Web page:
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Pest: Cucumber Beetles

Description:

Both common species of cucumber beetle, striped and spotted, measure about 1/4” long. Striped beetles are yellow with three wide black stripes. Spotted beetles are greenish-yellow with 11 black spots. All species over-winter as adults in garden debris or weedy areas.

Life Cycle:

The beetles emerge in spring to mate and lay eggs in the soil or on plants. The larvae burrow into the ground and feed on plant roots for several weeks.

Plants They Attack:

All members of the cucurbit family, including: cucumbers, melons, pumpkins, and squash. They also enjoy: beans, corn, beets, potatoes, tomatoes, asparagus, flowers, apricots and other soft fruits.

Spot The Damage:

Adult cucumber beetles chew ragged holes in plant leaves, can consume entire blossoms and also feed on germinating seeds and newly planted seedlings. Cucumber beetles are the transmitters of deadly bacterial wilt and cucumber mosiac virus, so controlling the beetles is the key to preventing the spread of these pathogens.

Preventative Actions:

  • Choose cucurbit varieties known to be resistant to bacterial wilt and cucumber mosaic virus.
  • Interplant susceptible crops with fragrant tansy, catnip or marigolds, said to deter adult beetles.
  • Mulch newly planted seedlings with a loose material, like straw, as soon as they are planted- creating a barrier to females needing to come in contact with the soil to lay their eggs.
  • Cover seedlings with a floating row cover. The cover will keep the beetles off. Lift the covers and check the plants often, squish any beetles, and look on the underside of the leaves for eggs and larvae, squish those too. Replace the Remay when you are done. The weight of the cloth will not effect growth at all. Remember to watch for flowers and remove the remay permanently then so that pollination can happen, or hand-pollinate cucurbits when necessary. If your baby plants can have a 3-4 weeks without the beetles chewing on them they will become strong enough to mostly withstand the beetle’s damage.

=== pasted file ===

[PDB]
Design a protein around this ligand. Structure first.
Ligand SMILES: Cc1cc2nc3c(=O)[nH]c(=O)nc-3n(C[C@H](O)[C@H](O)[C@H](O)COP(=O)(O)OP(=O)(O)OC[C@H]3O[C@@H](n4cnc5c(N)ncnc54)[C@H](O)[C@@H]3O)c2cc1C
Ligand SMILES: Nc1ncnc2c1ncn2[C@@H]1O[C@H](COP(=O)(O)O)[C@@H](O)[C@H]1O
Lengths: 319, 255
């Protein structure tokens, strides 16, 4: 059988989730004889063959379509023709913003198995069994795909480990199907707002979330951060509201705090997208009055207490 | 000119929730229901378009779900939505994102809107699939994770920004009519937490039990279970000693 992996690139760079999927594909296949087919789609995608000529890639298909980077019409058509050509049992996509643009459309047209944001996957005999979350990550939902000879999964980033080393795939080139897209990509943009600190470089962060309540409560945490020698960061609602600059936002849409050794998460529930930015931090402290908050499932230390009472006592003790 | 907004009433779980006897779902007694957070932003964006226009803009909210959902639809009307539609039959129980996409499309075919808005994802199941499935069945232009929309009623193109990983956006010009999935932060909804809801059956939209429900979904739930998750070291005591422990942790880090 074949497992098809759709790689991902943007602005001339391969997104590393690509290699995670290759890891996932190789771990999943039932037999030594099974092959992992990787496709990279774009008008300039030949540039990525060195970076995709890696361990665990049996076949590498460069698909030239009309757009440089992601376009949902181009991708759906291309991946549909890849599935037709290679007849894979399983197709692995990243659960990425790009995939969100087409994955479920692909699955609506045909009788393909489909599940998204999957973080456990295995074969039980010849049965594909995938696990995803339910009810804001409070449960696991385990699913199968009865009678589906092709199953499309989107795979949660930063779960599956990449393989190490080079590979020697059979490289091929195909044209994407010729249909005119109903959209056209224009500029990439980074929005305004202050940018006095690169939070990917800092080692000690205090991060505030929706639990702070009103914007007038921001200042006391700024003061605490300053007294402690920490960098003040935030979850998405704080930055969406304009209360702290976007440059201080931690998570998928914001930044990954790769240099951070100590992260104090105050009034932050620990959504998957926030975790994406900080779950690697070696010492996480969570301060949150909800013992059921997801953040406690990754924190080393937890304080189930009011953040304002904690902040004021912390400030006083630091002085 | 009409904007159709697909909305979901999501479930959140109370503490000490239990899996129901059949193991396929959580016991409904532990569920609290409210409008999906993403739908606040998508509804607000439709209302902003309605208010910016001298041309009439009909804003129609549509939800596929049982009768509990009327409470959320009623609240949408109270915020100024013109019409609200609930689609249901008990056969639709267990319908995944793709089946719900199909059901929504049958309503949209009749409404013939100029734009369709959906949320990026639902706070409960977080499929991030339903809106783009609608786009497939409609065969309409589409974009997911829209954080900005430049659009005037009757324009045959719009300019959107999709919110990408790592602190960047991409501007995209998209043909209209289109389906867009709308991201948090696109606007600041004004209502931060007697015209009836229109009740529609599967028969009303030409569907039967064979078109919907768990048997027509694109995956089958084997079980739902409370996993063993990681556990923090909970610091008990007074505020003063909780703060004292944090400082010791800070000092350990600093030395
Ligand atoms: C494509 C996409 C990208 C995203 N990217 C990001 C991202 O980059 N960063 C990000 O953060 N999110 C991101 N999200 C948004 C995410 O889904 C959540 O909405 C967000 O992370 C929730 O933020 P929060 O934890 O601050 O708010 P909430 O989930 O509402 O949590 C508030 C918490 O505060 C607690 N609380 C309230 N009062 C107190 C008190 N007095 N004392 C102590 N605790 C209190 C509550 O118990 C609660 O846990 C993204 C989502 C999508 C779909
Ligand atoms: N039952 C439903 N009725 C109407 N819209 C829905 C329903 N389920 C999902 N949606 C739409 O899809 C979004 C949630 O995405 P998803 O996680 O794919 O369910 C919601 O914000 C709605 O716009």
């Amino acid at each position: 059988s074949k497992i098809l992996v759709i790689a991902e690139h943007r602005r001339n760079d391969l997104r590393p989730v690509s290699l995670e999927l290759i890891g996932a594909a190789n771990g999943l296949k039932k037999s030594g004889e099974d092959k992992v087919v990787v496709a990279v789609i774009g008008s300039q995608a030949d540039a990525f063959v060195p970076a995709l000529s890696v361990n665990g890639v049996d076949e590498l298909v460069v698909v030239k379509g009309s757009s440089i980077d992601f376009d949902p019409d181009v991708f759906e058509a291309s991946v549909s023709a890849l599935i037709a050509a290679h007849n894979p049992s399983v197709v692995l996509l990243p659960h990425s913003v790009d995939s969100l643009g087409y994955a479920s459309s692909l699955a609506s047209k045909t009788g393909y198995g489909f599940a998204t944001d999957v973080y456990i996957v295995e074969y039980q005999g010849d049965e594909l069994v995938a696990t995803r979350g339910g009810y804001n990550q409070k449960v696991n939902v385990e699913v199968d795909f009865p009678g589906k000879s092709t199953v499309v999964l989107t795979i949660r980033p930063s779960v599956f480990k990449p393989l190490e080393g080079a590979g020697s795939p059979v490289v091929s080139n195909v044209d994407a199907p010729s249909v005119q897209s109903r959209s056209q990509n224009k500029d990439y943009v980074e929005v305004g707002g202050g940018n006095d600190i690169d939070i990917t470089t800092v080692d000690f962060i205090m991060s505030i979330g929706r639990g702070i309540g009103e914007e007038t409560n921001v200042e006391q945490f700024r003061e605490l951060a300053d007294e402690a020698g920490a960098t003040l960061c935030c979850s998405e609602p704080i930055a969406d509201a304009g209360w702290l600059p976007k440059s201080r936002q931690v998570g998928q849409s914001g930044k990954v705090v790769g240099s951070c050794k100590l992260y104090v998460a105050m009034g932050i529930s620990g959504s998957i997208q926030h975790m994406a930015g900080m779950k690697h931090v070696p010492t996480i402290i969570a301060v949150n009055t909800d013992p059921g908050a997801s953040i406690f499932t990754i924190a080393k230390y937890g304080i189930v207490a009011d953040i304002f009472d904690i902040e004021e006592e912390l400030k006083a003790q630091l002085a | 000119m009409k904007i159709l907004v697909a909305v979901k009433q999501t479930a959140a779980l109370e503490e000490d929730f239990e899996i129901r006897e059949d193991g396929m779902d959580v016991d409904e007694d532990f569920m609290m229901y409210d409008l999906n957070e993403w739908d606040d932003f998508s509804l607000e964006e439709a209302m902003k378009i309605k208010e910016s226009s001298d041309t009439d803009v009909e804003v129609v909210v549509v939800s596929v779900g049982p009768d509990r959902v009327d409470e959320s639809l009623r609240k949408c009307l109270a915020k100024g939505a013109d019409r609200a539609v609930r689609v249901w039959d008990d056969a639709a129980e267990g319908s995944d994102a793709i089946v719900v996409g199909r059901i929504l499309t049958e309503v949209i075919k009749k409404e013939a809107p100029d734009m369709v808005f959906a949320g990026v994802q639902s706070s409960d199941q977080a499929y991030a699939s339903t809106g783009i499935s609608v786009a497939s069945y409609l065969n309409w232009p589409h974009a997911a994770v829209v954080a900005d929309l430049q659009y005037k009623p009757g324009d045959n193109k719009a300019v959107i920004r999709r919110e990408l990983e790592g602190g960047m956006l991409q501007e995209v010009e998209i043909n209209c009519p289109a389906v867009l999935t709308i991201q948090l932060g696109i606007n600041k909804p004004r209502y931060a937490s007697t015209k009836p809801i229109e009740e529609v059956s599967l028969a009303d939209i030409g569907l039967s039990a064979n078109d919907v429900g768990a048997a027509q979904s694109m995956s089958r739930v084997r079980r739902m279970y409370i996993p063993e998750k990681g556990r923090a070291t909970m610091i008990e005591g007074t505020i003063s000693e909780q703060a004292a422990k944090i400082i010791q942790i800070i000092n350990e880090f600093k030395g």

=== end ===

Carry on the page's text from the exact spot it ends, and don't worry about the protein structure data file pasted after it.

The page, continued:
• Squish the beetles you find, or put them in soapy water.
  • Plan to rotate your crops from year to year so you do not plant their favorite foods where they laid eggs in the soil last year.

Organic Product Controls:

There are very few organic controls for hard shell beetles such as cucumber beetles. There are sprays that you can use but we do not recommend those for the home gardener because they are typically broad spectrum sprays which kill all insects, including those you may be trying to attract to your garden. We find that incorporating logical systems, such as using Reemay cloth (floating row covers) into the farm or garden plan is the most cost effective and environmentally friendly way to manage pests. If you must you a product, spinosad, neem or pyrethrin are the organic recommendations.

Source: CCF staff, Good Bug, Bad Bug by Walliser 2008, The Organic Gardener’s Handbook by Ellis and Bradley 1996

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